$$I_4=\int_0^\infty \frac{\ln(3+x^2)}{(1+x)^2}dx\overset{IBP}=\frac{3\pi}{4\sqrt 3}+\frac34\ln 3$$

$$I_5=\int_0^\infty\frac{\ln(1+x)}{(1+x)^2}dx\overset{IBP}=1$$

$$I_6(t)=\int_0^\infty \frac{\ln(3+tx^2)}{(3+x^2)(1+x)}dx\Rightarrow I_6'(t)=\int_0^\infty \frac{x^2}{(3+tx^2)(3+x^2)(1+x)}dx$$ $$=\frac{1}{8}\frac{\ln \left(\frac3t\right)}{3+t}+\frac{\pi}{8\sqrt 3}\frac{\sqrt t}{3+t}-\frac{1}{8}\frac{\ln t}{1- t}-\frac{\pi}{8\sqrt 3}\frac{1}{1+\sqrt t}$$ $$\small I_6(1)=\int_0^1I_6'(t)dt+\underbrace{\frac{\pi\ln 3}{8\sqrt 3}+\frac{\ln^2 3}{8}}_{=I_6(0)}=\frac{\ln 2 \ln 3}{4}-\frac18\operatorname{Li}_2\left(-\frac13\right)-\frac{\pi^2}{48}+\frac{\pi\ln 2}{4\sqrt 3}+\frac{\pi\ln 3}{8\sqrt 3}$$ Also that Dilogarithm comes from the first term, since: $$\int_0^1 \frac{\ln\left(\frac{3}{t}\right)}{3+t}dt\overset{\frac{t}{3}=x}=-\int_0^\frac13 \frac{\ln t}{1+t}dt\overset{IBP}=2\ln 2\ln 3-\ln^2 3-\operatorname{Li}_2\left(-\frac13\right)$$

$$I_7(t)=\int_0^\infty \frac{\ln(1+tx^2)}{(3+x^2)(1+x)}dx\Rightarrow I_7'(t)=\int_0^\infty \frac{x^2}{(1+tx^2)(3+x^2)(1+x)}dx$$ $$=\frac{\pi}{8}\frac{\sqrt t}{1+t}+\frac{3\pi \sqrt t -\pi\sqrt 3}{8}\frac{1}{1-3t}-\frac18\frac{\ln t}{1+t}-\frac38\frac{\ln (3t)}{1-3t}$$ $$I_7(3)=\int_0^3I_7'(t)dt=\frac{\pi \ln 2}{2\sqrt 3}-\frac{\pi^2}{16}-\frac{\ln 2\ln 3}{4}-\frac{\operatorname{Li}_2(-3)}{8}-\frac18\operatorname{Li}_2(-8)$$ It's perhaps worth to mention here the last integral: $$\small \int_0^1 \frac{\ln(3t)}{1-3t}dt\overset{3t=x}=\frac13\int_0^9\frac{\ln x}{1-x}dx=\frac13\operatorname{Li}_2(1-x)\bigg|_0^9=\frac13\operatorname{Li}_2(-8)-\frac{\pi^2}{18}$$

$$I_8(t)=\int_0^\infty \frac{\ln(1+tx)}{(3+x^2)(1+x)}dx\Rightarrow I_8'(t)=\int_0^\infty\frac{x}{(1+tx)(3+x^2)(1+x)} dx$$ $$=\frac14\frac{\ln t}{1-t}+\frac{3\pi}{8\sqrt 3}\frac{1+t}{1+3x^2}+\frac{\ln 3}{8}\frac{3t-1}{1+3t^2}-\frac14\frac{\ln t}{1+3t^2}+\frac34\frac{t\ln t}{1+3t^2}$$ $$I_8(1)=\int_0^1 I_8'(t)dt=\frac{\pi\ln 2}{8\sqrt 3}+\frac{\ln 2\ln 3}{8}-\frac{\pi \ln 3}{24\sqrt 3}+\frac{\operatorname{Ti}_2(\sqrt 3)}{4\sqrt 3}+\frac{\operatorname{Li}_2(-3)}{16}$$

• You can use \begin{aligned} and \end{aligned} to make long formulas fall in a single TeX block. Aug 3, 2020 at 13:18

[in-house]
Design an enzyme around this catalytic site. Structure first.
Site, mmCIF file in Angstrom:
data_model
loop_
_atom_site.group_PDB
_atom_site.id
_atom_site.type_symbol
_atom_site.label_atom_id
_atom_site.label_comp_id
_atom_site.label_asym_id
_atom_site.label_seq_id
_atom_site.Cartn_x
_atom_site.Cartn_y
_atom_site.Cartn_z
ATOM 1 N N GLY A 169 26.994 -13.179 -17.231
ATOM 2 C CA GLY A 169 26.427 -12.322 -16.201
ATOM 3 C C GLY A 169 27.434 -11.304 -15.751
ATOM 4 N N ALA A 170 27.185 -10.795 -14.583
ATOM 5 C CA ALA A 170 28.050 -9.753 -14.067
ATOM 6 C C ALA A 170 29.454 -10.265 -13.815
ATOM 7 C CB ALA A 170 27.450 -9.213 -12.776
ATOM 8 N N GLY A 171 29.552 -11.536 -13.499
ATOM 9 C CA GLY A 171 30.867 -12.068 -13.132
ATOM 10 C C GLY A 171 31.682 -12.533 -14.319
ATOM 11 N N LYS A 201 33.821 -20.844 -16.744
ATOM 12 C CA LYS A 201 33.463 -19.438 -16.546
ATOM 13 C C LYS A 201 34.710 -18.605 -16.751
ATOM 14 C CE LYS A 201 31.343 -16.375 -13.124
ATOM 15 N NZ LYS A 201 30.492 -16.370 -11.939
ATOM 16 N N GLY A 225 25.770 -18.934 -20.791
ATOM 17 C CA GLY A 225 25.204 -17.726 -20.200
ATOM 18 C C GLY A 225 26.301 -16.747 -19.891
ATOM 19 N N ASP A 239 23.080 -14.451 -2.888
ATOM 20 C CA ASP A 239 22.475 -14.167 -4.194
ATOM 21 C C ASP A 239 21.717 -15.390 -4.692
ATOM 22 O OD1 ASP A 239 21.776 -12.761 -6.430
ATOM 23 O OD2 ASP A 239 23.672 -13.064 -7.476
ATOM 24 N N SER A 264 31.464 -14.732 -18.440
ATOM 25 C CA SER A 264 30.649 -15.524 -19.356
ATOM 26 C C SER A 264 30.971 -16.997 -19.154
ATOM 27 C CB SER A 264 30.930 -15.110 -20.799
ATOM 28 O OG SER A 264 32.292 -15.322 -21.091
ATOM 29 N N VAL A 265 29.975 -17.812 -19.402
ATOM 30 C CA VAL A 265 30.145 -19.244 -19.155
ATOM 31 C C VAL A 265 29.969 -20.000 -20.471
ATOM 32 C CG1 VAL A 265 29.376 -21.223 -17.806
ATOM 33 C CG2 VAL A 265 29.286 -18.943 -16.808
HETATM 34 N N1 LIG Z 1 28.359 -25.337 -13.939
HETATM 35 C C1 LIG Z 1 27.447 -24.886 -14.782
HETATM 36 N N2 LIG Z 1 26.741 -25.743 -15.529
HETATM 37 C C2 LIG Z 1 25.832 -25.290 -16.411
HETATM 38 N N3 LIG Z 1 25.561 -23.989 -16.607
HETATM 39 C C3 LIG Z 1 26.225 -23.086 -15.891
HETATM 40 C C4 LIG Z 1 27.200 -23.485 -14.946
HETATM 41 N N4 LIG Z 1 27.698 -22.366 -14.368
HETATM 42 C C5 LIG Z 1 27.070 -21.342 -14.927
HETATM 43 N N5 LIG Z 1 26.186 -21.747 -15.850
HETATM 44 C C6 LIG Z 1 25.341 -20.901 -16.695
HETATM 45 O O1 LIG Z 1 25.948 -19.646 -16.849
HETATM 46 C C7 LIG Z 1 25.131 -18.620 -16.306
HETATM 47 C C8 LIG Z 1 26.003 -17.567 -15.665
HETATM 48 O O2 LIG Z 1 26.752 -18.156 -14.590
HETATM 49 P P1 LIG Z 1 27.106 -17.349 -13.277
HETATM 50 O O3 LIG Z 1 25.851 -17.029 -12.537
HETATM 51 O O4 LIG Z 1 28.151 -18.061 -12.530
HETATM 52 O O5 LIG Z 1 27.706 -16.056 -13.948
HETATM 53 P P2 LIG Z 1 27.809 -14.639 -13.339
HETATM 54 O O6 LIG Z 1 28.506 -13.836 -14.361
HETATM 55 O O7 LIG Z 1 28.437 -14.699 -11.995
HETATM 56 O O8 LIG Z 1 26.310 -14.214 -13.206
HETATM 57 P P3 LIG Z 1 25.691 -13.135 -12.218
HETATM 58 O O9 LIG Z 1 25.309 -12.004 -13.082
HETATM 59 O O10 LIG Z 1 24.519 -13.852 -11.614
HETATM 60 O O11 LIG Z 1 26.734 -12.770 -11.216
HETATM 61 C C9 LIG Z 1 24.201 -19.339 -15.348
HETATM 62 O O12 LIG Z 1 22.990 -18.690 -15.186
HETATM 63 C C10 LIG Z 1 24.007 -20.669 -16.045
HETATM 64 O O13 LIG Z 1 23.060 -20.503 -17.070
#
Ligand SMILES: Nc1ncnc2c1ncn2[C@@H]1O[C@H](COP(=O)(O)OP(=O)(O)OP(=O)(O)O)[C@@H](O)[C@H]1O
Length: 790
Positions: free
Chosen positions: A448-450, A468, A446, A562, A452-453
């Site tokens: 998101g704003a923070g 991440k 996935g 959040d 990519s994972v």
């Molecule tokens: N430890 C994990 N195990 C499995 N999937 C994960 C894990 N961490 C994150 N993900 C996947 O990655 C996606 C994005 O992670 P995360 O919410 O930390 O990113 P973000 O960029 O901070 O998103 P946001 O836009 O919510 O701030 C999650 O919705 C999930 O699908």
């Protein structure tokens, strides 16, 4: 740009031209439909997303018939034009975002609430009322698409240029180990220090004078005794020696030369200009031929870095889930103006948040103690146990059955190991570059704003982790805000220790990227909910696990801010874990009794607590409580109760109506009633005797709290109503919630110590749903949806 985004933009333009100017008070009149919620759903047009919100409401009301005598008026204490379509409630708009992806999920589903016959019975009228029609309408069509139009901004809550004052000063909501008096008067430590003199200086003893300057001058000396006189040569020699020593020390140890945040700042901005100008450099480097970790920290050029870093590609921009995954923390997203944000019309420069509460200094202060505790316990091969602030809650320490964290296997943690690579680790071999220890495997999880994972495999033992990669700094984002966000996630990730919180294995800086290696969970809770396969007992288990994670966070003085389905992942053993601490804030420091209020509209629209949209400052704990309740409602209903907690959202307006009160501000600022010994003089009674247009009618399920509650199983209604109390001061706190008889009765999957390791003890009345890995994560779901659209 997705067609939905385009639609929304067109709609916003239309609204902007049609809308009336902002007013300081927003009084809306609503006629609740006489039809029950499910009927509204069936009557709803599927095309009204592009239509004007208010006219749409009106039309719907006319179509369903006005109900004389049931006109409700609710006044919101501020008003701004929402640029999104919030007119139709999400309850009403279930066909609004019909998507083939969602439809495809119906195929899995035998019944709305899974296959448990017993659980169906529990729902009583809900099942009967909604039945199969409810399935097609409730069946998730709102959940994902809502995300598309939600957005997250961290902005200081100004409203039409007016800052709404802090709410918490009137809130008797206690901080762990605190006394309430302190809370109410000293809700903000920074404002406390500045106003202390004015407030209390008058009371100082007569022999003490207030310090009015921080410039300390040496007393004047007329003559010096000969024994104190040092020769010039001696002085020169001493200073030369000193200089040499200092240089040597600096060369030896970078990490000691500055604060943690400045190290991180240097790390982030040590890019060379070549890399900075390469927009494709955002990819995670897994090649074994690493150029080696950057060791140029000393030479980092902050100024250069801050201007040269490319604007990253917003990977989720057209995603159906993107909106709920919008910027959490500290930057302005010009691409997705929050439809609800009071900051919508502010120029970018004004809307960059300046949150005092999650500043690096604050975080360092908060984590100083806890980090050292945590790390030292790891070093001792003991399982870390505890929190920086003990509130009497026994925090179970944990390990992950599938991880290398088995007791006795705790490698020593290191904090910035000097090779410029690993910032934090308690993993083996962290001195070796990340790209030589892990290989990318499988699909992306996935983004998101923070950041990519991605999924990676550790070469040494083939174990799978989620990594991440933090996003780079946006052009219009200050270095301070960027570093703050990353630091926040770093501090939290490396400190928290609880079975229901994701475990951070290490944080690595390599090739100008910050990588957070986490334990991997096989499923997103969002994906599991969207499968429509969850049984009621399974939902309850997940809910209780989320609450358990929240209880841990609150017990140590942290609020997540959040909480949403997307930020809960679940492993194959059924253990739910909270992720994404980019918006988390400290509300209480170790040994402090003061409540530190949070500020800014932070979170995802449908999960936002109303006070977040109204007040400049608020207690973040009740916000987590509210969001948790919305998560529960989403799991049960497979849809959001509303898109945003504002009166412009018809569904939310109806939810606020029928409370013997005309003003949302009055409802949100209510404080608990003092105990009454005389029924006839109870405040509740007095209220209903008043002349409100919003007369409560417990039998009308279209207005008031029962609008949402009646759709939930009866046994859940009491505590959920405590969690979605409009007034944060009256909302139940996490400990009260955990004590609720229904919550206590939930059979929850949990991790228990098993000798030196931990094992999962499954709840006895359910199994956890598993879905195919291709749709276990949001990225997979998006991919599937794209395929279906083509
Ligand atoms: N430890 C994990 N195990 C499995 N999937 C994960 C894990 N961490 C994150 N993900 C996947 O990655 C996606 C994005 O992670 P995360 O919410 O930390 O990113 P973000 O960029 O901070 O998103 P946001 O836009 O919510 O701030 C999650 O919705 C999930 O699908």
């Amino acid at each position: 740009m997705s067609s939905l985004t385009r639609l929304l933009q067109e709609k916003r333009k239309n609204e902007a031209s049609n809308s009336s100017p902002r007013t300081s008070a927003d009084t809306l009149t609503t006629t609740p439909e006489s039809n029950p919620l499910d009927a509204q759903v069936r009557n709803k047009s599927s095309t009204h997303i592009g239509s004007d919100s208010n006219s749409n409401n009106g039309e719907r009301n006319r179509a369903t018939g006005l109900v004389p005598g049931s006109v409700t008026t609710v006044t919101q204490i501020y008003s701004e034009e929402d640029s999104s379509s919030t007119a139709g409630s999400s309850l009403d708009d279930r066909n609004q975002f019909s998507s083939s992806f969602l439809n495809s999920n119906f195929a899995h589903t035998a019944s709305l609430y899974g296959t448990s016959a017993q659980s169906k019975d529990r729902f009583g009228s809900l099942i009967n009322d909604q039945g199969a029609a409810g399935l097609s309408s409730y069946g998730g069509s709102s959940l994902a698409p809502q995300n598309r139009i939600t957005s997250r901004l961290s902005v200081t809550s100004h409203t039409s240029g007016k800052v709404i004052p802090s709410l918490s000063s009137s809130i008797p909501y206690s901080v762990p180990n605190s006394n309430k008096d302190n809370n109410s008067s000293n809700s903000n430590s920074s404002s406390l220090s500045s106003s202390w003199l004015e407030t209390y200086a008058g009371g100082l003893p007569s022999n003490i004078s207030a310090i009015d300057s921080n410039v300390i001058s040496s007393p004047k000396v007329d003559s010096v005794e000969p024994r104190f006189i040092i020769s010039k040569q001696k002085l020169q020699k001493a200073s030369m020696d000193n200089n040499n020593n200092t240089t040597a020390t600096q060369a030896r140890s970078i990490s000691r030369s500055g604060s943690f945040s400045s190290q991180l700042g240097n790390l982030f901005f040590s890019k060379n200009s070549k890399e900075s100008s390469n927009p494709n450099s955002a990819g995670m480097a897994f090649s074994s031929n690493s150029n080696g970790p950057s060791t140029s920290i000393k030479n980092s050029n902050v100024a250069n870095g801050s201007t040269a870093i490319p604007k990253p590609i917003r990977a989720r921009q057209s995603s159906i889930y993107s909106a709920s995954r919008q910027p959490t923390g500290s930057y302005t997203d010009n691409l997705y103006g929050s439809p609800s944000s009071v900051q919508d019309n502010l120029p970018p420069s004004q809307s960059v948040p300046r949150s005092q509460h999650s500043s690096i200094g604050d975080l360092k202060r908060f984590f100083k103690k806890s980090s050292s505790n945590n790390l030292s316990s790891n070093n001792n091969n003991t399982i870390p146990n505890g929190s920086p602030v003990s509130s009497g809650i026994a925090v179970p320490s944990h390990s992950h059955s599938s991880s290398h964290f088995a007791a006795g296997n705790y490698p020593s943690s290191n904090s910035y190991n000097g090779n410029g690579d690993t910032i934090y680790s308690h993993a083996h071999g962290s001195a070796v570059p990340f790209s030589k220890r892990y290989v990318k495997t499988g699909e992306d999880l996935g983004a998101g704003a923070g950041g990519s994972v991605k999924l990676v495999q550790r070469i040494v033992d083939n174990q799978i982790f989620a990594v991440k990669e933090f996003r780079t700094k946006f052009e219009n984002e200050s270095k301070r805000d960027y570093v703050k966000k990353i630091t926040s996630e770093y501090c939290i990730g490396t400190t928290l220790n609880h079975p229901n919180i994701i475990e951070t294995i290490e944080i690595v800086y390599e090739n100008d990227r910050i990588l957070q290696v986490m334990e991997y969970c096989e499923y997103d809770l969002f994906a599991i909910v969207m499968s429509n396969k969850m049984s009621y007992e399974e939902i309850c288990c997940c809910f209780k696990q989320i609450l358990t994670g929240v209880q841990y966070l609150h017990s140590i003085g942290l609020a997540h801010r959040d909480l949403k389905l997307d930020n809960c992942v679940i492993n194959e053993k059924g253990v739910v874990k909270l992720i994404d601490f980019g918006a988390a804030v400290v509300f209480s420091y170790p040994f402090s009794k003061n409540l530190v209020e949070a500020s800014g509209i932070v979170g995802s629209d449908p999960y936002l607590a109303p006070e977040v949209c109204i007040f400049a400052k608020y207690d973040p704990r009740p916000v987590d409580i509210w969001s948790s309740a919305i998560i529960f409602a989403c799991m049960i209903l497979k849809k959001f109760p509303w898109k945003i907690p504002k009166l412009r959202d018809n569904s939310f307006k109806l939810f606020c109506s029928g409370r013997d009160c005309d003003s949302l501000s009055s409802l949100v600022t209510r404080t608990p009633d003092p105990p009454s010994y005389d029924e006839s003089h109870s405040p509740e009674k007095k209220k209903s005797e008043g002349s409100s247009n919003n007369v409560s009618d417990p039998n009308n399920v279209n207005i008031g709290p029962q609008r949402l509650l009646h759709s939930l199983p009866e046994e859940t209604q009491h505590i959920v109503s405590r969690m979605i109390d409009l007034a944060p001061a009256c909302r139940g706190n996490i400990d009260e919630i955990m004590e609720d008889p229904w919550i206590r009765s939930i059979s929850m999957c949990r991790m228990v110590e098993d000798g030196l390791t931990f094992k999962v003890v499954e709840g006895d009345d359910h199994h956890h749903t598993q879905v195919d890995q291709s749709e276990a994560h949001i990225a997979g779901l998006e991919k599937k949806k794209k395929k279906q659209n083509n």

• That is some dedication to the problem! Hats off.
– zwim
Aug 3, 2020 at 19:32
• More than impressive work ! Aug 4, 2020 at 1:29
• Thanks a lot for the compliments! Aug 4, 2020 at 10:14

I would maybe try: $$x^4+x^2+1=(x^2+\frac12)^2+\frac34$$ and so: $$\int_0^1\ln^2(x^4+x^2+1)dx=\int_0^1\ln^2\left[(x^2+\frac12)^2+\frac{\sqrt{3}}{2}^2\right]dx$$ Now we know that: $$\tan^2u+1=\sec^2u$$ so by letting: $$\left[\frac{2}{\sqrt{3}}\left(x^2+\frac12\right)\right]=\tan(u)$$ $$\frac{4}{\sqrt{3}}xdx=\sec^2udu$$ we get: $$I=\frac{\sqrt{3}}4\int\limits_{\frac\pi6}^{\frac\pi3}\ln^2\left[\frac32\tan^2u+\frac32\right]\left(\frac{\sqrt{3}\tan(u)-1}{2}\right)^{-1/2}\sec^2(u)du$$ and whilst the inside of the natural log simplifies nicely the rest is still rather ugly so I'm unsure if I can get a nice result from it but its worth a try :)

• Numerically, the two integrals don't seem to be equal. It should equal $\approx 0.247$, but your integral is $\approx 1.238$. Aug 2, 2020 at 21:33
• I think it should be $$\ln^2\left[\frac{3}{\color{red}{4}}\tan^2u+\frac{3}{\color{red}{4}}\right]$$ in the integrand. Aug 2, 2020 at 21:44

If you enjoy very, bery long formulae, try another CAS to see the antiderivative (it would take pages to type).

The problem is that the symbolic evaluation at the bounds almost killed my computer. So, numerical evaluation of the symbolic results.

At the upper bound $$23.67702048724287969803516653795923942977580171907339873883701501010155$$ At the lower bound $$23.43008216952775709246803606740565726521761645296916931243549426722402$$

Then, for the definite integral $$0.2469383177151226055671304705535821645581852661042294264015207428775327$$ which is not recognized by inverse symbolic calculators.

I seriously wonder if the square applies to the logarithm and not to its arguments; if this was the case, the problem would be quite simple.

• My guess is so, as in $\sin^2(\theta) = (\sin(\theta))^2$ Aug 3, 2020 at 5:33